Subject to the second meaningful vote in the UK Parliament, the UK is set to leave the EU on Friday 29 March 2019. Continued uncertainty means that the NHS and wider health sector is now planning for three scenarios – leaving with a deal; leaving without a deal, or one which sees the extension of the article 50 process.
A “no deal” scenario means that the UK leaves the EU without a deal and that the UK would become a third country, with no withdrawal agreement or framework for a future relationship in place between the UK and the EU. The UK and the EU both state that this is an unlikely but possible outcome of the current negotiations.
Patients need a deal
There is a lot of contingency planning being put into place to prepare for a “no deal” Brexit but this depends on both the UK and EU making decisions in best interests of patients. The prospect of a no deal scenario is not a good one for patients across the UK and EU.
In the case of a no deal, the UK may no longer be eligible for participation in some EU organisations, networks and collaborative programmes. The UK is likely to deal with this situation by looking to adapt or create autonomous domestic systems, in the short-term at least, to mirror, or align with existing EU standards in order to maintain continuity and avoid disruption. They then will aim to develop new agreements and systems in the longer-term. However, the fact that UK plans to align legislation in the short term does not mean that this will necessarily be reciprocated by the EU.
It is already having an impact on pharmaceutical research in the UK. Medical research firm Recardio has suspended all UK activities due to uncertainty about how new medicines will be approved after Brexit. Also, the UK coordinators of European Reference Networks have already been asked to transfer their leadership to counterparts in EU 27 country and the 114 NHS trusts currently involved in European Reference Networks will be excluded. This is a loss of expertise to the UK and EU on rare diseases.
Disruption to patient care must be avoided
For medicines, 45 million patient packs go to the EU from the UK every month, and 37 million patient packs go from the EU to the UK. In the short term, there could be delays in importing and exporting medicines and medical devices due to new border arrangements, requiring stockpiling and good supply chain management to ensure there will be no shortages. The UK would also would lose access to joint market surveillance and vigilance mechanisms on medical devices and medicines. Our future relationship with the EMA is yet to be established.
The ending of reciprocal healthcare agreements could disrupt patient care, effectively leaving UK nationals in the rest of the EU currently in receipt of medical cover through the S1 scheme without health care. The arrangements in place for the European Health Insurance Card, which allows travellers to access the same level of state-provided emergency treatment as a resident of the country they are visiting, could also come to an end.
In the event of “no-deal”, the UK would cease to be part of EU public health networks and bodies such as the Health Security Committee and the European Centre for Disease Prevention and Control, including access to all associated alert systems, databases and networks which allow the UK and the EU Member States to coordinate national responses. While the UK has national systems in place, there is clear mutual benefit in shared systems and preparedness.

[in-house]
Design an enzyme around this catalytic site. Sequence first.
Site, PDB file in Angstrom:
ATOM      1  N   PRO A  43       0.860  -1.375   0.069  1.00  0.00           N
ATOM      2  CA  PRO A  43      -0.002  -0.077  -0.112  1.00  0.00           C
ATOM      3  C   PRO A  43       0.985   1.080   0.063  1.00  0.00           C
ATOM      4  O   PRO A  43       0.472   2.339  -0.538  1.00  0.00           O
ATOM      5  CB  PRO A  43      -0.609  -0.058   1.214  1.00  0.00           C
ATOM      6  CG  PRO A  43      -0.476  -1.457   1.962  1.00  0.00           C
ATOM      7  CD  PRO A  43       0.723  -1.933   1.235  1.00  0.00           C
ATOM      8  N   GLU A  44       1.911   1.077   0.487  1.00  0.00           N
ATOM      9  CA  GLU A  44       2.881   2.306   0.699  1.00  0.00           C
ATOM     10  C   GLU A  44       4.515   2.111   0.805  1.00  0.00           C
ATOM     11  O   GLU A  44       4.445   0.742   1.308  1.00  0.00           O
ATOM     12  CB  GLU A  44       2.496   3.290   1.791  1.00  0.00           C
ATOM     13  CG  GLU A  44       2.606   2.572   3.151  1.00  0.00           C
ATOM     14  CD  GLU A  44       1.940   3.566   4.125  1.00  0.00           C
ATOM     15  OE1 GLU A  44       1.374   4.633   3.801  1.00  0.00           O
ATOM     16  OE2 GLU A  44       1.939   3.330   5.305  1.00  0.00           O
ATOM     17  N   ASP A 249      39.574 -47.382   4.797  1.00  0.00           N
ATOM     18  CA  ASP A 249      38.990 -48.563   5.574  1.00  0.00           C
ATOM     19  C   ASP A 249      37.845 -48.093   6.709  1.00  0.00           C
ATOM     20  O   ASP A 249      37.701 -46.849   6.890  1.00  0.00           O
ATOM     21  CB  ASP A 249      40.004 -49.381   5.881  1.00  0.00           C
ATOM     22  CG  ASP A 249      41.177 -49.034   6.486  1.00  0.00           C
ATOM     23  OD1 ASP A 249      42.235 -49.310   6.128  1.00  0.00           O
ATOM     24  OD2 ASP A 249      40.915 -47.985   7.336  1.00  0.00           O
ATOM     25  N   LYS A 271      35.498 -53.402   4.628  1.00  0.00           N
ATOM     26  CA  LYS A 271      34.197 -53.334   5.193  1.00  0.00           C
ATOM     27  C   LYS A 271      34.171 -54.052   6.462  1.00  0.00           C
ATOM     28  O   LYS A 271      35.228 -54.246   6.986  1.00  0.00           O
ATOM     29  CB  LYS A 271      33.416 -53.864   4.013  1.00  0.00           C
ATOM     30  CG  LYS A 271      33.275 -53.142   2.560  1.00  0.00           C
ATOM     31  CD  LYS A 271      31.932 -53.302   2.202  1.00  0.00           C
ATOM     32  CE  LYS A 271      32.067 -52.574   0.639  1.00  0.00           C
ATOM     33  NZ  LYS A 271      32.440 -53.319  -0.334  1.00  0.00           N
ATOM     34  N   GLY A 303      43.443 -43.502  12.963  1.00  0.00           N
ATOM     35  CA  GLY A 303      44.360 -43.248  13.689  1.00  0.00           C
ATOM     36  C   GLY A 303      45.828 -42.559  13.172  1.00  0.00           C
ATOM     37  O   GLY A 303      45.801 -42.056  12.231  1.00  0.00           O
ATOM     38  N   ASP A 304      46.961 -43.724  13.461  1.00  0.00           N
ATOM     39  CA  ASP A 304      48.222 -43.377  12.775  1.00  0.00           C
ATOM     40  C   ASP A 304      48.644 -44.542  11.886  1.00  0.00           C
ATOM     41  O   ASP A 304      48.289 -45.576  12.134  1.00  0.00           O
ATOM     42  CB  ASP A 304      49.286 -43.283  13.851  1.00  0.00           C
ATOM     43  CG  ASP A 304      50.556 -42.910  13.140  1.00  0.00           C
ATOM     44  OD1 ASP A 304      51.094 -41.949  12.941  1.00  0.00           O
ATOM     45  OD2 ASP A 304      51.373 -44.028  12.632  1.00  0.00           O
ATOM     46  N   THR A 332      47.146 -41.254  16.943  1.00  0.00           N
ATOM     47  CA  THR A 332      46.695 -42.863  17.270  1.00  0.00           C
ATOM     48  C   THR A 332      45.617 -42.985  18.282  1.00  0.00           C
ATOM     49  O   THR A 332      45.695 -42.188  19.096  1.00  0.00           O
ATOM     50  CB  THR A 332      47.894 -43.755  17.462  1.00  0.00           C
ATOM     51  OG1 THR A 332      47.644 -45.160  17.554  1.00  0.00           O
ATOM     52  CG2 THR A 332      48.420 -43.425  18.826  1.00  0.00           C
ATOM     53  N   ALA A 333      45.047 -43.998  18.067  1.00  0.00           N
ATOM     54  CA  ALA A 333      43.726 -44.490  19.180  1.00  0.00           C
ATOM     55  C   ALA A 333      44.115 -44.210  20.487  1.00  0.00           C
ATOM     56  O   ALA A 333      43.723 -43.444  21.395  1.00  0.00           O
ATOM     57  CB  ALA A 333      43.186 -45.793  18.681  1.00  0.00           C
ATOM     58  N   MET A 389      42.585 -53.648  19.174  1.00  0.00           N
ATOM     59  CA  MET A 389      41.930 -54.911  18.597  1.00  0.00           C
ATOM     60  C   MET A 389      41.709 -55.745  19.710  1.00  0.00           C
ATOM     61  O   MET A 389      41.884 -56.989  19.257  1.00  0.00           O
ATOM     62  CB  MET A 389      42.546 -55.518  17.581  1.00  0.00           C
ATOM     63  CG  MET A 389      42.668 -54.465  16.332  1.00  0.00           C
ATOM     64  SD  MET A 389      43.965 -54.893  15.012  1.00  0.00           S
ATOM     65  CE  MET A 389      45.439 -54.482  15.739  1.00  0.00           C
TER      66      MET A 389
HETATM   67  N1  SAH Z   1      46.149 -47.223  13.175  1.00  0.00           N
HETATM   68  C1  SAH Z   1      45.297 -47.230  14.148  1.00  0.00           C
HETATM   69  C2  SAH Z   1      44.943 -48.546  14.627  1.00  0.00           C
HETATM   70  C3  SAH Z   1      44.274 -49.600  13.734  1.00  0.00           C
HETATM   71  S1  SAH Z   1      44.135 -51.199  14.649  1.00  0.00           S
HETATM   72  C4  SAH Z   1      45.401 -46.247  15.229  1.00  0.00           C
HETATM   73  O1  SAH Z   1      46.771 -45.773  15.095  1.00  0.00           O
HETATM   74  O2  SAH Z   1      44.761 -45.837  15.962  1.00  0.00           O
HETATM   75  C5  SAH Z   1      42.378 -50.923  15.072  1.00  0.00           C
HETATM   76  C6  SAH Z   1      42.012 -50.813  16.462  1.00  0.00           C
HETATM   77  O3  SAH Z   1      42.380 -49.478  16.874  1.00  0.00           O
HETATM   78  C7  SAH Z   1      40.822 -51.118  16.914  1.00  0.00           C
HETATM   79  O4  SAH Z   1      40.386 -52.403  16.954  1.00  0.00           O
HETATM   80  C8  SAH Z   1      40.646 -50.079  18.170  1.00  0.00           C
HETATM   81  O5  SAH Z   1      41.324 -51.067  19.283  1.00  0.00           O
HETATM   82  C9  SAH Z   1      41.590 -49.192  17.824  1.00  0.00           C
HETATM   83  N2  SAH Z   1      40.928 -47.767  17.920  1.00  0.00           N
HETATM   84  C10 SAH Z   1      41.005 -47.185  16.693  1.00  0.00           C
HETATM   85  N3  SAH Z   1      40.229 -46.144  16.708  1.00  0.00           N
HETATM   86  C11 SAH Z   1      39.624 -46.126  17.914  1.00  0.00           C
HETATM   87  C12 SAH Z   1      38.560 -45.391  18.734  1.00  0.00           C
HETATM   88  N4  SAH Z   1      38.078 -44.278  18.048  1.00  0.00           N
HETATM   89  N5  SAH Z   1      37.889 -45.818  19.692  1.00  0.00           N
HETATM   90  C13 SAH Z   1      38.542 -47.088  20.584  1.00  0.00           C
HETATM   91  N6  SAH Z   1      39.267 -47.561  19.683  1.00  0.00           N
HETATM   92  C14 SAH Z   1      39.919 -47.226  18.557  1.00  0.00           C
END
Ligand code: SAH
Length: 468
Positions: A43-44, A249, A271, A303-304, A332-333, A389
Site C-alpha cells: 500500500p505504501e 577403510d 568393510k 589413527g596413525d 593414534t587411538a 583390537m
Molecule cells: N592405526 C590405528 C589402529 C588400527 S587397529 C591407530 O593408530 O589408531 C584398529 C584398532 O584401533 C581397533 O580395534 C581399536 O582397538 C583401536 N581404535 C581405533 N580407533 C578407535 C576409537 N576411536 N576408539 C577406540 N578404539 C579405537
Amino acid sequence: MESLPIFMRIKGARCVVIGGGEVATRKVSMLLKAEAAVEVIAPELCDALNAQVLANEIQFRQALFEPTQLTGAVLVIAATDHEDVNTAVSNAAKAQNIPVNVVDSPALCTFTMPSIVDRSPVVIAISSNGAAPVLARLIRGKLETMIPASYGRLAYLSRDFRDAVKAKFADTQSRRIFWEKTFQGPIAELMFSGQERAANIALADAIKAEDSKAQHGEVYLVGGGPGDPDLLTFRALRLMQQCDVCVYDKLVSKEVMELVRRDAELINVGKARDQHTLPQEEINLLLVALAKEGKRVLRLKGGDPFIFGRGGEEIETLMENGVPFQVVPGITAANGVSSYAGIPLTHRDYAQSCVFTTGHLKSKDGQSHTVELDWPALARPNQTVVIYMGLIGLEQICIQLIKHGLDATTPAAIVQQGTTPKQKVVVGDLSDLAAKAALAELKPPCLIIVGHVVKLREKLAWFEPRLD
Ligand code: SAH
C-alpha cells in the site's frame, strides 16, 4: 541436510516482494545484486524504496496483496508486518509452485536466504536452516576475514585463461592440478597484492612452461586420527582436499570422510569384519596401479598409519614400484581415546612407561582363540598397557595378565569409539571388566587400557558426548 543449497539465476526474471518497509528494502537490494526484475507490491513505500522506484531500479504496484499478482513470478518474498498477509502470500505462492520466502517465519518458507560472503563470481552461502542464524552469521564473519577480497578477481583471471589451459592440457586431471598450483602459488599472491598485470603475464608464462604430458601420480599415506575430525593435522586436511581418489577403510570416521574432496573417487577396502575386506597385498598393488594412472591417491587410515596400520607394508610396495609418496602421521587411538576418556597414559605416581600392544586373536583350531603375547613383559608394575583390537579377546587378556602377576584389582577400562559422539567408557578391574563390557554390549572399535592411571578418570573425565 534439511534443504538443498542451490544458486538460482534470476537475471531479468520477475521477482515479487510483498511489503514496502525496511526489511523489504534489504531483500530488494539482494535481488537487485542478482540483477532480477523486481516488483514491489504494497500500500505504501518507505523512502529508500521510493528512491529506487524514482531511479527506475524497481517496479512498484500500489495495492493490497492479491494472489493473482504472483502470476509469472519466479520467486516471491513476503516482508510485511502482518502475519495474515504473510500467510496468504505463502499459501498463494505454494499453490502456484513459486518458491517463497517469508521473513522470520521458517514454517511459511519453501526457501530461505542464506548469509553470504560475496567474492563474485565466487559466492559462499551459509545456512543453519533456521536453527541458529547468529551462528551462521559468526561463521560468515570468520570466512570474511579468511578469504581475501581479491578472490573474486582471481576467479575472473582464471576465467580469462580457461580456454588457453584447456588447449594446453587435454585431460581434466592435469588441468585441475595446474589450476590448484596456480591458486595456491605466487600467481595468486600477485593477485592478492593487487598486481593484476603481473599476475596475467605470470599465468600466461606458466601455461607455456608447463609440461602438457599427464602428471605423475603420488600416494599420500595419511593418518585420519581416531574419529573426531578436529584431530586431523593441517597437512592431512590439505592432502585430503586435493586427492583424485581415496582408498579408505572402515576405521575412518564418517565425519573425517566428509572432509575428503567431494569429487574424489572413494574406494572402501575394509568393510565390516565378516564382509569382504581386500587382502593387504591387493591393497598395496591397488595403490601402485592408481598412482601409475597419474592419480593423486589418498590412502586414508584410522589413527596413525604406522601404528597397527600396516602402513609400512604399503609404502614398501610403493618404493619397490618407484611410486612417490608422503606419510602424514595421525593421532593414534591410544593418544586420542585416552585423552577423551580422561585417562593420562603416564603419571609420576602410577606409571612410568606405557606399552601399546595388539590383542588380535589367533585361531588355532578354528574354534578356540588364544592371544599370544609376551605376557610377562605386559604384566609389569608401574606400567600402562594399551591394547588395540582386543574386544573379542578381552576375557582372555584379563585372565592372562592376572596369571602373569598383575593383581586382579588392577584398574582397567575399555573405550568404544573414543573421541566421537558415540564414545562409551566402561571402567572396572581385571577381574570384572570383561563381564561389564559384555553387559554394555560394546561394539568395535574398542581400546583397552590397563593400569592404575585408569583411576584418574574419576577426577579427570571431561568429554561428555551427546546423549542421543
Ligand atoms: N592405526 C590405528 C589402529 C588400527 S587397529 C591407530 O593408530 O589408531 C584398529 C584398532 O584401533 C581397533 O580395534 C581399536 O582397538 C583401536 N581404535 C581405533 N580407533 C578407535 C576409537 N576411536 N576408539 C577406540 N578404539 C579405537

New immigration rules could affect how the NHS recruits doctors and other medical staff from the rest of the EU, and there may be changes to current rules around the mutual recognition of medical qualifications.
The NHS Confederation is co-Chair of the Brexit Health Alliance (BHA) which is working with stakeholders from across the sector to make sure that no matter the scenario, there should be no negative impact on patients.
The BHA is working closely with government departments and agencies, including the Department of Health and Social Care and NHS England, to scope the issues, inform the government’s Brexit negotiating position and support contingency planning.
Our members liaise with their counterparts in the EU27 who have held meetings with the European Commission’s Article 50 negotiating team and with members of the European Parliament, to highlight the consequences for patients across the EU and urge both sides to put patients first.
Another important alliance is the Cavendish Coalition, which focuses on workforce issues. The Coalition has been clear they value our European colleagues in health and social care, and want them to stay. Whatever the sector, employers need time to transition to a new way of managing workforce supply and they also need both clarity and certainty on how a post-Brexit migration system will work.
Our NHS European Office and the Brexit Health Alliance therefore has much to do before the vote on the deal is finally put to Parliament to make sure that patients are put first.
Dr Layla McCay is the NHS Confederation director of international relations.
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